Race and health care: problems with using race to classify, assess, and treat patients

Race and health care: problems with using race to classify, assess, and treat patients

University of Texas
May 2010
64 pages

Atalie Nitibhon

Presented to the Faculty of the Graduate School of The University of Texas at Austin in Partial Fulfillment of the Requirements for the Degree of Master of Public Affairs

Though racial classifications may serve as a mechanism for identifying and correcting disparities among various groups, using such classifications in a clinical setting to detect and treat patient needs can be problematic. This report explores how medical professionals and researchers use race in health care for purposes of data collection, risk assessment, and diagnosis and treatment options. Using mixed race individuals as an example, it then discusses some of the problems associated with using race to group individuals, assess risk, and inform patient care. Finally, it discusses how certain components of personalized medicine, such as genetic testing, Electronic Health Records, and Rapid Learning Systems could help address some of the concerns that arise from the application of race in a health care setting.

Table of Contents

  • Chapter 1: Introduction
    • What is Race?
  • Chapter 2: Race and Health Care
    • Data Collection/Health Statistics
    • Risk Assessment
    • Diagnosis/Treatment
  • Chapter 3: The Case of Mixed Race
  • Chapter 4: Addressing the Issue
    • Genetic Testing
    • Genetic Testing Policy
      • Privacy and Security
      • Accuracy
      • Medical Education
      • Access
      • Research
    • Electronic Health Records and Rapid Learning Systems
    • Electronic Health Records Policy
    • Meaningful Use of Electronic Health Records
  • Chapter 5: Conclusion
  • References
  • Vita

…Chapter 3: The Case of Mixed Race

As mentioned during the previous discussion entitled “What is Race?”, no such thing as “pure race” exists, so it stands to reason that everyone is, to some degree, “multiracial” or of “mixed race.” However, for the purposes of this discussion, the terms “multiracial,” “mixed race,” and “mixed heritage” refer to individuals with parents who are classified as being from two distinct racial or ethnic categories. Mixed heritage individuals described by such a definition provide an excellent example of some of the problems associated with relying on race to classify individuals, assess risk, or inform patient care.

Racial identification, either on the part of the individual or by an external actor (e.g., a medical professional) is an area of concern, particularly in terms of the reliability of using race to assess health risk. For example, an individual who has one black parent and one Hispanic parent may self-identify as only one or the other. If she identifies as black and does not think to share the racial or ethnic identities of both of her parents with the medical professionals administering care, how comprehensive will the patient assessment be? Or, if a patient has one Asian parent and one white parent, but a medical professional identifies her as Hispanic, what effects does that external misidentification have on the adequacy, accuracy, and equitability of the physician’s assessment of the patient? Furthermore, patients do not inform health care professionals that they believe they have disease X, thus allowing the clinician to then administer exams to confirm that diagnosis. Instead, patients present a list of symptoms to their physician, and then expect a diagnosis and treatment. While most physicians will follow proper medical protocol in assessing and diagnosing a patient, her beliefs and biases, however well-meaning they may be, could influence the type of treatment the patient receives. Thus, if the physician believes the Asian/White patient to be Hispanic, the physician’s perceptions about Hispanics in the health care setting may subconsciously influence her assessment and care of the patient…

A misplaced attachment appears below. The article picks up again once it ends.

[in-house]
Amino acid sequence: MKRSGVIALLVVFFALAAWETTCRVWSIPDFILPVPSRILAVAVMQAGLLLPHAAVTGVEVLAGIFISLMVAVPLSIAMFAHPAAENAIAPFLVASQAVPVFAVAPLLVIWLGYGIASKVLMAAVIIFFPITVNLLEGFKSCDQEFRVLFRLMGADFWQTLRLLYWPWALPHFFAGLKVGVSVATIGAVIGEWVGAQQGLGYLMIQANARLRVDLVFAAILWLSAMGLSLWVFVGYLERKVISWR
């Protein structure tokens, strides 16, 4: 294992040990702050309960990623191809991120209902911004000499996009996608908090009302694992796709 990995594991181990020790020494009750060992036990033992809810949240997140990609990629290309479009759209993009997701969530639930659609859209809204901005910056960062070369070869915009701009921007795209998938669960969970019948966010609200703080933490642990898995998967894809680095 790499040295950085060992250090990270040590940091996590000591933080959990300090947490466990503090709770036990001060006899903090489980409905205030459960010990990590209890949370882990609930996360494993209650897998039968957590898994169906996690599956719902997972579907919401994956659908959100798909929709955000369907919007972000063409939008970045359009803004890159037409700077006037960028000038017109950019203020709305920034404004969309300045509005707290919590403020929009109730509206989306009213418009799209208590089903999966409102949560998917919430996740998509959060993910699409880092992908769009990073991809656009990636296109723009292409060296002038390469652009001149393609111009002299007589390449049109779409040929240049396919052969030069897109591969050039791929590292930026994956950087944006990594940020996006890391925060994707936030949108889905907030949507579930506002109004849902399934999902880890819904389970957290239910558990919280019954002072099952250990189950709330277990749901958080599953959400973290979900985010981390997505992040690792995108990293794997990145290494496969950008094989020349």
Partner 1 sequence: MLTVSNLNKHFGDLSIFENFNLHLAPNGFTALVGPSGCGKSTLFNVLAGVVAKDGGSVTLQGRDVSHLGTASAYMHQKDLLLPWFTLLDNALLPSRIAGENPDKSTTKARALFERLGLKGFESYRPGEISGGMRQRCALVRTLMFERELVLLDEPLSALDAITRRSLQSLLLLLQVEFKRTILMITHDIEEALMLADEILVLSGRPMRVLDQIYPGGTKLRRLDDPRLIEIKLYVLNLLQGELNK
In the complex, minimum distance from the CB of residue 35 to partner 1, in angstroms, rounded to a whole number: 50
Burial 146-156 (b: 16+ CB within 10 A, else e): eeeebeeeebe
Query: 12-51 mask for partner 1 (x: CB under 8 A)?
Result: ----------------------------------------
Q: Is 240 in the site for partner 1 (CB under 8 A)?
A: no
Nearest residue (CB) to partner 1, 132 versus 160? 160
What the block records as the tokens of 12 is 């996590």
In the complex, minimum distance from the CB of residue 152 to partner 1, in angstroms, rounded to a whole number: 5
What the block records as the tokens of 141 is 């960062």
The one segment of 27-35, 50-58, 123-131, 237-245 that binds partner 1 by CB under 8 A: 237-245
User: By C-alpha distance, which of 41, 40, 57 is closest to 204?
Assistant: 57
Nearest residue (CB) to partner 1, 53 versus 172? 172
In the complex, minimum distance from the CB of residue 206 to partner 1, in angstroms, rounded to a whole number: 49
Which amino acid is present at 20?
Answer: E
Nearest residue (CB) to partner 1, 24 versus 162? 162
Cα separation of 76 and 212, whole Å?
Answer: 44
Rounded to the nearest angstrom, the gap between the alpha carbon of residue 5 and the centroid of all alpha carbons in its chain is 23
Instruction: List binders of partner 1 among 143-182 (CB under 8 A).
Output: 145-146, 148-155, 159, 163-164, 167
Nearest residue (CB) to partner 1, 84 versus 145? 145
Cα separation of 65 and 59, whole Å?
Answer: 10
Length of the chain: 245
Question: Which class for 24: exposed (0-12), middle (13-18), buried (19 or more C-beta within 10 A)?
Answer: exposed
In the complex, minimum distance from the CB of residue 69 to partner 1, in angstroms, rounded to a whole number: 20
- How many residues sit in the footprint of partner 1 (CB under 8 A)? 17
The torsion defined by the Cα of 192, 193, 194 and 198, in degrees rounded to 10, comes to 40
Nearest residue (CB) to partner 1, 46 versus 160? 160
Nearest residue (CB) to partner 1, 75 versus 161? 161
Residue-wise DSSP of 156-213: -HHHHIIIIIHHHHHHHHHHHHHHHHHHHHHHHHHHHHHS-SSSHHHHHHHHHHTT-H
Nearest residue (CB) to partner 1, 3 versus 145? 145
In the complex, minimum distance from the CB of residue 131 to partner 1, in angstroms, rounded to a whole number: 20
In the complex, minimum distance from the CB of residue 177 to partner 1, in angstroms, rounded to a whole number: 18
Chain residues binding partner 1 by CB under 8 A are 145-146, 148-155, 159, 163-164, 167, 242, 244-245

…In general, the absence of options for multiethnic or multiracial individuals reveals part of the problem in using race as a risk assessment tool: it neglects to account for the extent of genetic variation that underlies the concept of race. Thus, not only does it disregard a number of people who do not fit neatly into any of the given categories, but it may also misgauge the genetic contributions of individuals who do select a specific race or ethnicity with which they identify socially….

…The 2000 Census marked the first time individuals had the option to “mark one or more” race; the resulting data reveal that nearly 7-million individuals self-identified as multiple races. Another study projects that individuals who self-identify as mixed race will make up 21 percent of the population by 2050. The growing number of individuals who self-identify as multiracial indicates that the “traditional” methods of grouping people according to race need reassessment. Similarly, the manner in which medical professionals consider race to inform patient care needs reassessment. Nonetheless, inclusion of the option to mark one or more on the Census does not mean that mixed heritage individuals are a new “phenomenon.” Recalling the idea that nobody is purely one race, it stands to reason that doctors have been treating “mixed heritage” patients for quite some time now. In some respects, that illustrates the notion that the actual “race” of an individual is irrelevant; the only way to treat the patient is to treat the patient…

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